Good for *which* customers (and which company)?
Follow-on to my rabble-rousing post about Microsoft not presenting at Lotusphere...
First off, I'd like to thank everyone who joined in *and* for keeping it pretty civil. I had no idea that it'd be that lively. Although the Microsoft people might not agree completely, I thought it was relatively focused on the issue I tried to raise and didn't degrade into name-calling. At least, that's the way I perceived it, but I may be too close to the issue to be totally objective... :)
One of the overriding comments I saw a lot was "the customer is the loser" in this decision to not let Microsoft participate. From a non-emotional, technical-only perspective, I can sort of see that. People have Notes, people have .Net, and they want to learn how to put the two together. Lotusphere will have information on how to integrate Office into your Notes apps, and there will be plenty of information on web services (the primary way to tie together Notes and .Net). So is the customer really *losing* anything by having IBM business partners and IBM staff present this information instead of Microsoft? Not really... Granted, it's from the perspective of using Notes as the base tool reaching out to Microsoft, not the reverse which is where Microsoft wants to start from. But if that's your direction, then there's the Notes2.Net conferences.
Now let's deal add in some marketing message and some emotion... Context:
Ballmer To Partners: Don't Wait For Longhorn
Microsoft CEO Steve Ballmer says there is more-than-ample business opportunity in the pre-Longhorn era for partners to profit. He cited migrations from IBM Notes/Domino, SAP, Novell and Oracle products, as well as upgrading Windows NT 4.0 as huge green field.
Ballmer rallies partners, targets IBM, Novell
Speaking with his usual gusto to a gathering of Microsoft resellers and solutions provider partners, Ballmer took direct aim at IBM in his morning keynote address, identifying the company as Microsoft's No. 1 competitor and criticizing every aspect of IBM's three-pronged strategy to provide hardware, software and services to customers.
"Does IBM have the best hardware most of the time? Ask yourself that question, I say," Ballmer said, eliciting laughter from the audience. "Does IBM have the best software? They don't even have in my personal opinion the second-best software. Do they have the best services? No, they don't have the best services. IBM's product line is the weakest it's ever been. The value [of IBM] is significantly less today than at any time in my 25 years in the business."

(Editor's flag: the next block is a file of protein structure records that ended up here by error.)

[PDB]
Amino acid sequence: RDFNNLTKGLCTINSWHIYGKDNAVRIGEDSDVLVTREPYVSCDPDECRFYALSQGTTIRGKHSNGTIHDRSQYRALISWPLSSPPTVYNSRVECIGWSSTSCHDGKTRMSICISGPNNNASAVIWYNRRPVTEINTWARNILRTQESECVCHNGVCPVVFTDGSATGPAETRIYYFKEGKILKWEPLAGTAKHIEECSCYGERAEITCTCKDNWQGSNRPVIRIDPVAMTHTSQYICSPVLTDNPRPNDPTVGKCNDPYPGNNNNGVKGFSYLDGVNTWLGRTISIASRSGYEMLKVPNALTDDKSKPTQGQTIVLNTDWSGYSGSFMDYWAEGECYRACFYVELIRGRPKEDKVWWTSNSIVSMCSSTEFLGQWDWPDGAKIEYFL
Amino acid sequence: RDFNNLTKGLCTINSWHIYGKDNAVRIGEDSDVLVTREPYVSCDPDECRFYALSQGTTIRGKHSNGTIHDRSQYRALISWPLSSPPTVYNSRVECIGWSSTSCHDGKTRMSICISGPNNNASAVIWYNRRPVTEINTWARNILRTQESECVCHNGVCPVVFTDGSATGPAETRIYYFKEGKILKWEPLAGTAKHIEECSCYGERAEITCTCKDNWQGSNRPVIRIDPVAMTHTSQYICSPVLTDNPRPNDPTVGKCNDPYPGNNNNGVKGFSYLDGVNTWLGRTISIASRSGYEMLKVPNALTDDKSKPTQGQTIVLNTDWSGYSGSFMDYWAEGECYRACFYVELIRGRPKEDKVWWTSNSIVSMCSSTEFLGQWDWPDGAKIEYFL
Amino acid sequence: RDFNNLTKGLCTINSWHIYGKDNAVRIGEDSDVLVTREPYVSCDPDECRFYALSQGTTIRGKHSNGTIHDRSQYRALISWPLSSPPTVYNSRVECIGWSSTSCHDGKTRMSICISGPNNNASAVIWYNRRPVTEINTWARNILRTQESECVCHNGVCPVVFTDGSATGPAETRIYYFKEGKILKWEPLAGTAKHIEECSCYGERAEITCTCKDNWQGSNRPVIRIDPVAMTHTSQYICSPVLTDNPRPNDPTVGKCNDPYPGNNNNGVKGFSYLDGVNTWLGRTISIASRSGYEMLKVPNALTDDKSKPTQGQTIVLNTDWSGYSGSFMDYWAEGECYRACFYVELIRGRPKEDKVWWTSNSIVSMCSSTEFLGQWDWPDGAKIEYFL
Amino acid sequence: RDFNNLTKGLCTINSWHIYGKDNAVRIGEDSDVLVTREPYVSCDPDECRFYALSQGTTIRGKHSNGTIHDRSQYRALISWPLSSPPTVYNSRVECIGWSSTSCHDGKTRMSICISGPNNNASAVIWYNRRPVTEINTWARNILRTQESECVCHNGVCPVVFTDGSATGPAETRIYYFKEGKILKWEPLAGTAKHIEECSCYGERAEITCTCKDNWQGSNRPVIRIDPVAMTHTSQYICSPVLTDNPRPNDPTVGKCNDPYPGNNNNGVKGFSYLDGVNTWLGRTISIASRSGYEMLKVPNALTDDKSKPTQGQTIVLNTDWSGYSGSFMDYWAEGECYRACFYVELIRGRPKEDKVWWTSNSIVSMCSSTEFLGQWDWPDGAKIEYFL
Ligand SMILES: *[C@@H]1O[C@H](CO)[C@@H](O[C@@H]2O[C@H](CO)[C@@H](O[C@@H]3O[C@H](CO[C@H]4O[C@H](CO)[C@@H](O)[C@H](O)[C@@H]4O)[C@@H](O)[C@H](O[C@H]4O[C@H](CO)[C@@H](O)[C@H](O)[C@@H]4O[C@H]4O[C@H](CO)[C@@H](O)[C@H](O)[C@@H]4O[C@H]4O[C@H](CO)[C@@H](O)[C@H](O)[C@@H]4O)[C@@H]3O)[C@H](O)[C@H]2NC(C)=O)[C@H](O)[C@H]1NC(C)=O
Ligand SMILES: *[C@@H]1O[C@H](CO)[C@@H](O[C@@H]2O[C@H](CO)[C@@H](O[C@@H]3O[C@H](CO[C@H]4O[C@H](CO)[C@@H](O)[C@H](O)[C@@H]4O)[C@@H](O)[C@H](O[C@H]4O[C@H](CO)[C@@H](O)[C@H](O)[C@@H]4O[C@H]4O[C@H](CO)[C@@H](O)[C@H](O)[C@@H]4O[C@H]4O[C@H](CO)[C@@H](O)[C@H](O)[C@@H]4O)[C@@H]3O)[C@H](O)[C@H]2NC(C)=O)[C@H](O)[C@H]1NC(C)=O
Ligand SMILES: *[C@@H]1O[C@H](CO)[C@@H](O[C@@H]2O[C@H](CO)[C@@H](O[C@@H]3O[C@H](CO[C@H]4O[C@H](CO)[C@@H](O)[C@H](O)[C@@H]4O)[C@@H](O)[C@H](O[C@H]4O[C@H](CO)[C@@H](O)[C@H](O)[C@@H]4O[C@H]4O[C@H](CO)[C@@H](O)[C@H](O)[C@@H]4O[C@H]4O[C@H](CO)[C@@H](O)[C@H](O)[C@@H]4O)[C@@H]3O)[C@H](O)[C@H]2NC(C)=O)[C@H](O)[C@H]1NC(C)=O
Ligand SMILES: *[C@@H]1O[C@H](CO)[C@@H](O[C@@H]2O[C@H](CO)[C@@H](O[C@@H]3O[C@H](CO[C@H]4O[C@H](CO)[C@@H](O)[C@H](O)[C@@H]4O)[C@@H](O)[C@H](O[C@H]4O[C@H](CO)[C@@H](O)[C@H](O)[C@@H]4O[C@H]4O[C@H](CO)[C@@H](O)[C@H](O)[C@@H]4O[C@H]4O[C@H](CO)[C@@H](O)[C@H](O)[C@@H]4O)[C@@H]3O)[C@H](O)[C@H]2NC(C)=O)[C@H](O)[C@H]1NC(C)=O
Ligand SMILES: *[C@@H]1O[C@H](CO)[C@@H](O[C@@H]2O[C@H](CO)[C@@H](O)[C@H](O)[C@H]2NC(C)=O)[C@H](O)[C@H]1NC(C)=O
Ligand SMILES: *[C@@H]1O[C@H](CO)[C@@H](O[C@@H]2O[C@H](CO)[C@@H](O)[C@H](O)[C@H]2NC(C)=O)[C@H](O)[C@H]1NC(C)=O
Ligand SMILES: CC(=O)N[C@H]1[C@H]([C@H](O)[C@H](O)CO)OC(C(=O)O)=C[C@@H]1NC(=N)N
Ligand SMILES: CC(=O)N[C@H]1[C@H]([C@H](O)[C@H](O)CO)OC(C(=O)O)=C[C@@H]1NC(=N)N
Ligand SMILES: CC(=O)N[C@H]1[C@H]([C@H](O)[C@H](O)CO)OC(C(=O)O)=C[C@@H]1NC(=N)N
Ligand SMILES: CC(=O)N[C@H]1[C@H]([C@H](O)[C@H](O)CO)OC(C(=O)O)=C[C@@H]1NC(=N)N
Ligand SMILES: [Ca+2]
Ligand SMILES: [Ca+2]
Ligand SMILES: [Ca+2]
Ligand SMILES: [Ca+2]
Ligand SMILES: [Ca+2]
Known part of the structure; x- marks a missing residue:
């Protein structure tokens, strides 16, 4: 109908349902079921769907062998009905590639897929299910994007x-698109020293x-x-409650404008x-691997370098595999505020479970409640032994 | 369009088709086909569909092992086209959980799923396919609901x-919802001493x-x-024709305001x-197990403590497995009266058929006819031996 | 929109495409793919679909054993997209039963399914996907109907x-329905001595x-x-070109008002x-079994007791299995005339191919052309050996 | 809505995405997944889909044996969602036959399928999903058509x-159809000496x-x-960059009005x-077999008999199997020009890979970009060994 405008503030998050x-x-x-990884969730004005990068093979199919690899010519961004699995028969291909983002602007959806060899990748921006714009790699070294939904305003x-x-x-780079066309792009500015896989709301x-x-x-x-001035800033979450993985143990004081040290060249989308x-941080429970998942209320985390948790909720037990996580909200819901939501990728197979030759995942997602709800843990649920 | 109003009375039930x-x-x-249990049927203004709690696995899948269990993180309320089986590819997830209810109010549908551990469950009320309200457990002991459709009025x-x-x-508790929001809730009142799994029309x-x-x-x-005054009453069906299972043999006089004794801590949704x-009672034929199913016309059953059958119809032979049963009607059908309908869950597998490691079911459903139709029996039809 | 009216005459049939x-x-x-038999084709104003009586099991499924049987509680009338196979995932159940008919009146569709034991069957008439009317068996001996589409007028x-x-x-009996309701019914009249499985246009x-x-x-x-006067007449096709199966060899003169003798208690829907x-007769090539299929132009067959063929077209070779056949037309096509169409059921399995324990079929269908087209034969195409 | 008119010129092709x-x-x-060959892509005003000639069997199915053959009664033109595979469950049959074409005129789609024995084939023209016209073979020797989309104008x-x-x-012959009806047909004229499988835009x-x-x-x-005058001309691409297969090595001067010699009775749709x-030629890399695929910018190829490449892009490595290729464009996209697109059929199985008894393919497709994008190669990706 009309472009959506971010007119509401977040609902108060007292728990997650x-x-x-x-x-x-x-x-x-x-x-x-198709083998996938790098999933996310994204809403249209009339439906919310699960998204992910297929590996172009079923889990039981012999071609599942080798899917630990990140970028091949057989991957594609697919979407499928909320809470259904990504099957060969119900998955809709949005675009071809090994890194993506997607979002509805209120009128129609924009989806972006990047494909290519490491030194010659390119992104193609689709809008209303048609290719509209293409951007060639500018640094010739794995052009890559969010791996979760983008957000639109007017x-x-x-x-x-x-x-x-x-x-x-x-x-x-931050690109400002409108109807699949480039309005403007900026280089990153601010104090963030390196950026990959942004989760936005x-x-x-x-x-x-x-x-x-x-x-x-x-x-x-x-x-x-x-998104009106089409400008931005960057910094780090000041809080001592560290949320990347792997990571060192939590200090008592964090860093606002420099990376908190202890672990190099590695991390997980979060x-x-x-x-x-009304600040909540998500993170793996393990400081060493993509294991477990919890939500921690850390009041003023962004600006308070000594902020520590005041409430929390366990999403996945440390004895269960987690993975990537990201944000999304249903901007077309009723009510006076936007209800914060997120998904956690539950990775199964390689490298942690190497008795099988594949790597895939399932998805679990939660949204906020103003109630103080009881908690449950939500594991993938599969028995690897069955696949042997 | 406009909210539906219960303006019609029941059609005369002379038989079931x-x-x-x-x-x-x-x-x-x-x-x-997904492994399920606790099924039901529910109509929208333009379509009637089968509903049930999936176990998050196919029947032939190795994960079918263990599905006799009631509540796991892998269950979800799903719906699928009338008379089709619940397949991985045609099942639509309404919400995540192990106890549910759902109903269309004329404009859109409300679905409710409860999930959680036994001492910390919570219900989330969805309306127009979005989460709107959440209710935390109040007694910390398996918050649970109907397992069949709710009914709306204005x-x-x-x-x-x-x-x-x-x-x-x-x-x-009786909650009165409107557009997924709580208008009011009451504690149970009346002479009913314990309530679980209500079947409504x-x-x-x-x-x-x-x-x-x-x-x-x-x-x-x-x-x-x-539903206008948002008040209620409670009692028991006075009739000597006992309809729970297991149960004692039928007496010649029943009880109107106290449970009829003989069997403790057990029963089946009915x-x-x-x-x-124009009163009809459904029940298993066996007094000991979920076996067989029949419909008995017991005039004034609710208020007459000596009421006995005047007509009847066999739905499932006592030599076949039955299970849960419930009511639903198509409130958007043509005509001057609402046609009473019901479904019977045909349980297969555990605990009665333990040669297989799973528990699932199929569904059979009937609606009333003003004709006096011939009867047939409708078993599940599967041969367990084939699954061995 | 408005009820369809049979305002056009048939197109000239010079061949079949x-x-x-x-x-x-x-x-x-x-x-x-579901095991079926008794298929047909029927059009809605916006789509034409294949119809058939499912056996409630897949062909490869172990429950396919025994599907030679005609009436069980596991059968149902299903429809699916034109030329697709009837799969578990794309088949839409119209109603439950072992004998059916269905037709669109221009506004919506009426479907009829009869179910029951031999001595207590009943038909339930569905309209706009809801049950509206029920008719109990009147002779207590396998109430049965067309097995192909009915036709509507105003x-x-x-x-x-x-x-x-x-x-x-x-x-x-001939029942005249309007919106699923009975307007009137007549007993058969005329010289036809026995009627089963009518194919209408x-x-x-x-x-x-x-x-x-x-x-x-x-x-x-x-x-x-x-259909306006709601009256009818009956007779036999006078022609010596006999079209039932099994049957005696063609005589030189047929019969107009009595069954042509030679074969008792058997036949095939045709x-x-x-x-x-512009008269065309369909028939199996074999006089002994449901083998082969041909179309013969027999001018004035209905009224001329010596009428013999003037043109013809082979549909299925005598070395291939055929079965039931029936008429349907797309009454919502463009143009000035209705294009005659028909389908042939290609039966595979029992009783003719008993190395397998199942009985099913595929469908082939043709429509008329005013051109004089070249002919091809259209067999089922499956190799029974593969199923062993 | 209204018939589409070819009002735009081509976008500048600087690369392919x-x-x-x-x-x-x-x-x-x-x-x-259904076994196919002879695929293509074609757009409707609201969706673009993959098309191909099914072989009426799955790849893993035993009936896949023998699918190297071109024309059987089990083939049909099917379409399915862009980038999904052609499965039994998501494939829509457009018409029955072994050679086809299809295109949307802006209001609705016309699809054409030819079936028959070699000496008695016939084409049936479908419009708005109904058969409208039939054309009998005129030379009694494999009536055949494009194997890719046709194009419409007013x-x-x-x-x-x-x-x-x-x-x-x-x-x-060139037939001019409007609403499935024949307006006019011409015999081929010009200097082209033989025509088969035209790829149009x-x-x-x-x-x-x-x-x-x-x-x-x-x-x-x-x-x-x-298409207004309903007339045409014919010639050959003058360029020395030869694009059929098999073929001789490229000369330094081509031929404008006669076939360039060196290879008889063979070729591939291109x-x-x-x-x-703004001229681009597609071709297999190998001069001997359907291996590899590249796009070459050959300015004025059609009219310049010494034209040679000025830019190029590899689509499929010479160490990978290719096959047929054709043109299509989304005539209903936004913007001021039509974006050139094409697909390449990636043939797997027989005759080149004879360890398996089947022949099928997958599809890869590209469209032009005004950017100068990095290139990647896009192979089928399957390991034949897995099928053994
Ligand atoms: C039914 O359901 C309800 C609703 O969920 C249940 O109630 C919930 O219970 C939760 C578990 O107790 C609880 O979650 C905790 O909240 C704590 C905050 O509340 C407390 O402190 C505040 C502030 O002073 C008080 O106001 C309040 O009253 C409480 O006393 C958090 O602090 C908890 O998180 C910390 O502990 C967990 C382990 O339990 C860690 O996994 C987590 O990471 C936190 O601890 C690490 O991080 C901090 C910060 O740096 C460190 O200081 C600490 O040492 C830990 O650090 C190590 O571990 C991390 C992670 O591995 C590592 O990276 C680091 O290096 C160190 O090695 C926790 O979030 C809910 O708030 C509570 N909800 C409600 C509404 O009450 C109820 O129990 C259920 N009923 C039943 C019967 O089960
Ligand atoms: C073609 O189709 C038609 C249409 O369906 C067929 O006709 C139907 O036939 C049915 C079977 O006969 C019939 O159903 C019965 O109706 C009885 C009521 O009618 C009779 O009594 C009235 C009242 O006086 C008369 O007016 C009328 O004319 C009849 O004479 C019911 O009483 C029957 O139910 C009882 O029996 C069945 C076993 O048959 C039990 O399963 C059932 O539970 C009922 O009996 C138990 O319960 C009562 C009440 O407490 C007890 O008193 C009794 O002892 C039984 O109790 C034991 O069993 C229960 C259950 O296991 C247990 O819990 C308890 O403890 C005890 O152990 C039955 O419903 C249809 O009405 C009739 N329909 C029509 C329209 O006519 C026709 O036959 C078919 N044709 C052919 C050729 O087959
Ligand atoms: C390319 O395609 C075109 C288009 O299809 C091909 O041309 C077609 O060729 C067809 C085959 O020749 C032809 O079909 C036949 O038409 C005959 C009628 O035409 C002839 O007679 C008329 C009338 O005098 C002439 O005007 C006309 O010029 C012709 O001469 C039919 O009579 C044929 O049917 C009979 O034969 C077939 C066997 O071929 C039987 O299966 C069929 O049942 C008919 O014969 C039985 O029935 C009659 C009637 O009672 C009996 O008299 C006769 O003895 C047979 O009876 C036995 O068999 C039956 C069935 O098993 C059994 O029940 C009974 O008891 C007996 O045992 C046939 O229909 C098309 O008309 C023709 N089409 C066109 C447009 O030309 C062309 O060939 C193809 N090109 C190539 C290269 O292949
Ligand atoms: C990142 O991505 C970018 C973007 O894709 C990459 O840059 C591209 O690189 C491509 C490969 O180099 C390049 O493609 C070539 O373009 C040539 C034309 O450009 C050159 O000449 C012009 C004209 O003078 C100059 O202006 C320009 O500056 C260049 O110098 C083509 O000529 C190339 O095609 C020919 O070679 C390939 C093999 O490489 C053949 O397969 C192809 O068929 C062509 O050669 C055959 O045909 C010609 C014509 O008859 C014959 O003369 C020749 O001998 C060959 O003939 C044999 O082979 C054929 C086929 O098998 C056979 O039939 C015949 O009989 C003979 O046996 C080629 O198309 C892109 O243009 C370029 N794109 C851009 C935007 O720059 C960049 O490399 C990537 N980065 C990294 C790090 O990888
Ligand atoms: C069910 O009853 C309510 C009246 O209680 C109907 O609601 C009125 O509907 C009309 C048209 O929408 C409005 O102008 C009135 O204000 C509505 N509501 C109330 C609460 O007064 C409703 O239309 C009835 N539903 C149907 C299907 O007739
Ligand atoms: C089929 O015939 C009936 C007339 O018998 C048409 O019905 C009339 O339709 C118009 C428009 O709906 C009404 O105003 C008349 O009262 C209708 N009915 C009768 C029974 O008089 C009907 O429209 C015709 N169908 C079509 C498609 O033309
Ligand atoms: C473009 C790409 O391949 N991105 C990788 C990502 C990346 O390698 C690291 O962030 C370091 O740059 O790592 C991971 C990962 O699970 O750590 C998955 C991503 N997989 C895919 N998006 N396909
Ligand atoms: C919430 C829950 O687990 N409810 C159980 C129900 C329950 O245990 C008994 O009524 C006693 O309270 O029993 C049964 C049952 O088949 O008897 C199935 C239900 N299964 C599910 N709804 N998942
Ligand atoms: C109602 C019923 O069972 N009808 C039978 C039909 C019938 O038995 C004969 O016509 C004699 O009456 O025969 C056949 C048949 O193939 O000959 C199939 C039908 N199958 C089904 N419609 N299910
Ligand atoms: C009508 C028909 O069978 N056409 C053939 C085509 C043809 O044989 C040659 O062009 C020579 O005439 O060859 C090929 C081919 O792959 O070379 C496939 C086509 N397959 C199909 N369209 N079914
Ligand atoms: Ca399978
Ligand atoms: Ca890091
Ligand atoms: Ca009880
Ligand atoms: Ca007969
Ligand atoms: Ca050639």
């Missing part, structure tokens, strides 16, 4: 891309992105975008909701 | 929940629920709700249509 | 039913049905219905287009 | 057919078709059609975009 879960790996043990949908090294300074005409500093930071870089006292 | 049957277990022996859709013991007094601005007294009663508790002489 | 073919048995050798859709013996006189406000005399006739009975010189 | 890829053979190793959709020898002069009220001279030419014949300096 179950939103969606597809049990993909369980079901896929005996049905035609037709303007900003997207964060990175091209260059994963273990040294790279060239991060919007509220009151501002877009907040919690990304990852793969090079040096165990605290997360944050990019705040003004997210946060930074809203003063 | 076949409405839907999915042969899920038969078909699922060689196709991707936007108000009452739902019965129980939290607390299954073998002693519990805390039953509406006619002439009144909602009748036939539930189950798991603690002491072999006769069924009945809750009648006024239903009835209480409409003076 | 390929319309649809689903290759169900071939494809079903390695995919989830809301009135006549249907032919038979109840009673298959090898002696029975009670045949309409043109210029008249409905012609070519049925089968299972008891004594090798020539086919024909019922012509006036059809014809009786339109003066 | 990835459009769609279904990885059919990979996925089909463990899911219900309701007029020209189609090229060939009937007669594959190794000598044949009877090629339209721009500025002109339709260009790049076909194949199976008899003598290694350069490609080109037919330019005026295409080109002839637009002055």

"People say IBM has the biggest services army in the world, I say that's nonsense," he roared in a booming voice. "Our partner base is the biggest services force in the world."
Ballmer said Lotus Notes customers are a particularly easy target, reiterating a stance taken earlier in the weekend conference by Chris Capossela, corporate vice president of Microsoft’s Information Worker Product Management Group, who described Microsoft's intent to poach Lotus Development Corp.'s partners.
"The Lotus Notes opportunity, just to remind everybody, is coming out the ying-yang," Ballmer said. "I've never seen a customer base more ripe to be plucked. They're just waiting for us and our partners to do the conversions [to Microsoft]."
These quotes aren't from 2002 or 2003... They're from July, 2005 and are the top two Google hits when you search on Ballmer Lotus. Who signs the paychecks at Microsoft?
The perspective of "the customer's the loser" only makes sense to me if you look at it from Microsoft's perspective. More accurately, I see it as "the prospective Microsoft customer's the loser". If I as Microsoft can convince you to start writing your applications based in Visual Studio and to have you call Domino via web services, then I can start to weed out the Notes client, weed out the Notes applications, and talk about moving data and logic to other Microsoft tools like SQL Server, InfoPath, SharePoint, and whatever else fits. And *don't* tell me that doesn't happen... I've heard it, I've seen it, and it's standard sales tactics.
The techie that wants to know how to hook up Notes with .Net also could want to know how to run Notes on Linux, how to code AJAX, and a hundred other things about the inner workings of the magic of technology. It's what we are and it's what we do. The "customer" paying the bills wants to know how to get value from their software platform of choice. If they're at Lotusphere, it's probably IBM Lotus/Domino. If it's Microsoft's collaboration solution(s)(?), then they're probably going to a Microsoft DevCon or the Notes2.Net conferences to approach integration with Microsoft as the closest point of use.
If you're a business partner working both sides, you end up having to make a choice between conferences to get the base perspective you want. Or you go to both vendor's offering. But don't expect IBM to allow Microsoft to push their tools as a primary point, just as you can't expect Microsoft to allow IBM to push Notes as the primary development platform at their conferences.